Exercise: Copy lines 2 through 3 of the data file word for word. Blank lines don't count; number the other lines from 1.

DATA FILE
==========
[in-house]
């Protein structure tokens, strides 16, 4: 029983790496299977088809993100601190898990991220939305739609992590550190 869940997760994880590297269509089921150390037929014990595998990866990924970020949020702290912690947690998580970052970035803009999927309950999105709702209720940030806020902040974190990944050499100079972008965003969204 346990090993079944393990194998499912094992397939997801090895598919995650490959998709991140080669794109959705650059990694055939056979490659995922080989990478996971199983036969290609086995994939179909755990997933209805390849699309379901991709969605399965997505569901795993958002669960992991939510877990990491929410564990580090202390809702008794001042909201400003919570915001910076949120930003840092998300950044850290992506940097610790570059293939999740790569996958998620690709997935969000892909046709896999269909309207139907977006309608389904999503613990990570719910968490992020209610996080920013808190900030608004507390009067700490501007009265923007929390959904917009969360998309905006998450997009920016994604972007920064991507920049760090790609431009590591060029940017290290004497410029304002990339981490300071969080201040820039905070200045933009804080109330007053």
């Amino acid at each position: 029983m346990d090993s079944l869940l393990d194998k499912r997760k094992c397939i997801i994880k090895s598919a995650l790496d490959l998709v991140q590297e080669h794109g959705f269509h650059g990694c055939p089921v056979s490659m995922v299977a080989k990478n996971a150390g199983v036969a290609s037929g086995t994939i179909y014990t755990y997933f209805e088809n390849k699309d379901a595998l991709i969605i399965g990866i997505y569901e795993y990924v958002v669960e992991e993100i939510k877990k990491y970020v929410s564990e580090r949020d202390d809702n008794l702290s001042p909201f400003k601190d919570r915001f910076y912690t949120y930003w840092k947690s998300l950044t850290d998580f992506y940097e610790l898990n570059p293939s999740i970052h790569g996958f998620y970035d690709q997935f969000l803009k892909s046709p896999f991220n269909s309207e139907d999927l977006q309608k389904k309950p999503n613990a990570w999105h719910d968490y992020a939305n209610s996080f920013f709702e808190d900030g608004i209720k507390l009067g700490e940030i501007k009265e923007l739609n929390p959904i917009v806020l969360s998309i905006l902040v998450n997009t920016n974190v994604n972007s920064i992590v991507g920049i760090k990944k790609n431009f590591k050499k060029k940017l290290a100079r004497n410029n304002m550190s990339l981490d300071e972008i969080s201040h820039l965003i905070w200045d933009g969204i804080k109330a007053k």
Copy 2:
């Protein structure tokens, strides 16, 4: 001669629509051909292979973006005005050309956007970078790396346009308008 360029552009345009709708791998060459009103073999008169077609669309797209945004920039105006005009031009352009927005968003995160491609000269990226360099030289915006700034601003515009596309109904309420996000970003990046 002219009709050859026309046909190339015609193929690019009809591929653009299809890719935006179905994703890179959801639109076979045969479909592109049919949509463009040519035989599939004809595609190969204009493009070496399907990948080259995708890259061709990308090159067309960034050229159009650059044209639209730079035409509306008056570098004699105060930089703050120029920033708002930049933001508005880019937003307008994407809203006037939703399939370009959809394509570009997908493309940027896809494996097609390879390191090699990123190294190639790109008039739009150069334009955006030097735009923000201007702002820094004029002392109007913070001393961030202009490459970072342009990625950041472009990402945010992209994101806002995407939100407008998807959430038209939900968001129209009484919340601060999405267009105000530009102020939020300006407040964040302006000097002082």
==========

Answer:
């Protein structure tokens, strides 16, 4: 029983790496299977088809993100601190898990991220939305739609992590550190 869940997760994880590297269509089921150390037929014990595998990866990924970020949020702290912690947690998580970052970035803009999927309950999105709702209720940030806020902040974190990944050499100079972008965003969204 346990090993079944393990194998499912094992397939997801090895598919995650490959998709991140080669794109959705650059990694055939056979490659995922080989990478996971199983036969290609086995994939179909755990997933209805390849699309379901991709969605399965997505569901795993958002669960992991939510877990990491929410564990580090202390809702008794001042909201400003919570915001910076949120930003840092998300950044850290992506940097610790570059293939999740790569996958998620690709997935969000892909046709896999269909309207139907977006309608389904999503613990990570719910968490992020209610996080920013808190900030608004507390009067700490501007009265923007929390959904917009969360998309905006998450997009920016994604972007920064991507920049760090790609431009590591060029940017290290004497410029304002990339981490300071969080201040820039905070200045933009804080109330007053």
């Amino acid at each position: 029983m346990d090993s079944l869940l393990d194998k499912r997760k094992c397939i997801i994880k090895s598919a995650l790496d490959l998709v991140q590297e080669h794109g959705f269509h650059g990694c055939p089921v056979s490659m995922v299977a080989k990478n996971a150390g199983v036969a290609s037929g086995t994939i179909y014990t755990y997933f209805e088809n390849k699309d379901a595998l991709i969605i399965g990866i997505y569901e795993y990924v958002v669960e992991e993100i939510k877990k990491y970020v929410s564990e580090r949020d202390d809702n008794l702290s001042p909201f400003k601190d919570r915001f910076y912690t949120y930003w840092k947690s998300l950044t850290d998580f992506y940097e610790l898990n570059p293939s999740i970052h790569g996958f998620y970035d690709q997935f969000l803009k892909s046709p896999f991220n269909s309207e139907d999927l977006q309608k389904k309950p999503n613990a990570w999105h719910d968490y992020a939305n209610s996080f920013f709702e808190d900030g608004i209720k507390l009067g700490e940030i501007k009265e923007l739609n929390p959904i917009v806020l969360s998309i905006l902040v998450n997009t920016n974190v994604n972007s920064i992590v991507g920049i760090k990944k790609n431009f590591k050499k060029k940017l290290a100079r004497n410029n304002m550190s990339l981490d300071e972008i969080s201040h820039l965003i905070w200045d933009g969204i804080k109330a007053k």